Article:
Wartburg format


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The aim of the two sides competing against each other is to convince the jury and the audience of their own point of view. In order to avoid a dominance of role patterns ("government/"opposition"), there is an equal weighting of the two sides "pro" and "con", which avoids the formation of a hierarchy and a priority of one side over the other (cf. Lechner/Wiemers 2009: 1).

The Wartburg format gives the teams extensive freedom in shaping the debate. It allows each speaker to introduce new arguments into the debate. In this respect, the team is not bound rigidly to role patterns, as is common, for example, in the Open Parliamentary Debate or British Parliamentary Style formats (cf. Lechner/Wiemers 2009: 4).


Each team consists of three speakers. The first speaker should begin by clearly stating his or her side’s position on the thesis, which includes clear definitions. There should be a recognisable team strategy; the contributions of the individual speakers should come together to form a whole. In contrast to other formats, the last speaker on each side may also introduce new arguments into the debate (cf. Lechner/Wiemers 2009: 1f).

  1. Pro-side: 3 speakers (opening statement 7 minutes)
  2. Contra side: 3 speakers (opening statement 7 minutes).
  3. Jury: The jury consists of three persons: the president, the main juror and the secondary juror.
  4. President: The President is in charge of the debate: He monitors the observance of the rules during the debate and calls the speakers to their contributions according to their order.
  5. Main juror and subsidiary jurors: Each of the jurors keeps his or her own evaluation sheet in which he or she takes notes on the debate and awards points for the individual speakers and the team performance (cf. Lechner/Wiemers 2009: 2).

Course of the debate

Immediately before the start of the debate, the President shall draw lots to determine whether the pro or the con side will open the debate. No motion is to be formulated by the opening side! The three speakers of the opening and replying parties speak alternately (cf. ibid.). The speaking time is seven minutes, of which the first and the last 60 seconds are protected. During the unprotected speaking time, the opposing party and the audience are allowed to speak with interventions. Permission to comment is granted by the speaker (cf. Lechner/Wiemers 2009: 3). After the debate, the jury, led by the head judge, evaluates the teams.


  1. Intervention: An intervention can take the form of a statement or a question. It can be requested by the other side or the audience during the unprotected speaking time (cf. ibid.).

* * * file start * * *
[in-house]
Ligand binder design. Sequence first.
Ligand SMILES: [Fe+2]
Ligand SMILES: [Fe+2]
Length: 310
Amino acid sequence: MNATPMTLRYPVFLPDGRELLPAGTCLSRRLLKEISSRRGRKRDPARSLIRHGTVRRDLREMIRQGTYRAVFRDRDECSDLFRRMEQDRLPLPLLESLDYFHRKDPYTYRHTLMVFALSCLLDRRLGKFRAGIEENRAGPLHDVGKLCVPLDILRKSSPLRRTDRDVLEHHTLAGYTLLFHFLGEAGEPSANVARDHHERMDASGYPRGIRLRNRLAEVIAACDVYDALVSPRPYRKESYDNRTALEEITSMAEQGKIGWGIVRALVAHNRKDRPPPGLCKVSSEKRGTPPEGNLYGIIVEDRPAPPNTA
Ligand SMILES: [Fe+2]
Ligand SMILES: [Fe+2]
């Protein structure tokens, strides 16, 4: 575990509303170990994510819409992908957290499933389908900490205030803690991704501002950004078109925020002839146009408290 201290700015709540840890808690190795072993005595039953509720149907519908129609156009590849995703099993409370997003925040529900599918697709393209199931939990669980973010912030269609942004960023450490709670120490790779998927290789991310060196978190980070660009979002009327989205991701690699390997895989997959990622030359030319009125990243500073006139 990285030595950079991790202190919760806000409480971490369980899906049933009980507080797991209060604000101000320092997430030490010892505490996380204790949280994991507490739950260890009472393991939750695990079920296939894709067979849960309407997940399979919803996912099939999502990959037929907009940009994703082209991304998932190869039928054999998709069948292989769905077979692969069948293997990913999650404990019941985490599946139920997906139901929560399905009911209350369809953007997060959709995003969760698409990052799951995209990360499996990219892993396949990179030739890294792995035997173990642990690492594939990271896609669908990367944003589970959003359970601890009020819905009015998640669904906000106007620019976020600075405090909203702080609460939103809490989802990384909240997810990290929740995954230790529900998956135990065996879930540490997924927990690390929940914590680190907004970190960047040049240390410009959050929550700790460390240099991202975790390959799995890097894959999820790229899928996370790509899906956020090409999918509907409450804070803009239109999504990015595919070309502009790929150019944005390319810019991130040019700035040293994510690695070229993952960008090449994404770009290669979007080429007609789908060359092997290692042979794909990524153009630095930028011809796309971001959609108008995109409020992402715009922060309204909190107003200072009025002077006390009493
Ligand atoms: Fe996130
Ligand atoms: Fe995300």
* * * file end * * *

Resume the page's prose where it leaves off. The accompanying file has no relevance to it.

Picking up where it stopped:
2. Interjections: Interjections, on the other hand, may be made by all participants in the debate (including the audience) during both protected and unprotected speaking time. They must not exceed seven words. Interjections are to be used in moderation and should not disturb the debate (cf. Lechner/Wiemers 2009: 4).
  3. Privilege question: During the unprotected speaking time of the last speaker, the first speaker on the opposite side may ask the so-called privilege question. This question must be accepted by the last speaker in any case and cannot be rejected (cf. ibid.).


The final note is determined by the jury. (cf. Lechner/Wiemers 2009: 5f).

1. Content: Under “Content” the quality of the speaker’s argumentation is assessed:

  • Expertise and topic-related knowledge
  • Relevance of arguments
  • Stringency of the arguments (also: illustration by examples)
  • Arrangement and structuring of arguments (cf. ibid.)

2. Language: This category of “language” includes how the speaker conveys his content linguistically, in short: the eloquence of the speaker:

  • Clarity of articulation
  • Appropriateness of volume and rate of speech
  • Vocabulary
  • Use of images, metaphors, etc. (cf. ibid.)

3. Form: “Form” means everything the speaker does with his body to support what is being said:

  • Appearance, overall appearance
  • Stance and posture
  • Gestures
  • Facial expression and eye contact (cf. ibid.)

4. Quick-wittedness: This assesses the speaker’s ability to make his or her side strong in direct confrontation with the other side. The category includes content and interactive aspects:

  • Addressing and refuting arguments of the opposing side (“rebuttal”).
  • Dealing with interventions from the other side or the audience
  • Reaction to heckling
  • Sovereignty (cf. ibid.)


Lechner, Clemens; Wiemers, Holger (2009): Wartburgformat. Komplettes Regelwerk. In:http://www.heidelberg-debating.de/sites/default/files/pdf/Kommentiertes%20Regelwerk%20des%20Wartburg-Formats%202009.pdf [Access on 09.10.2015].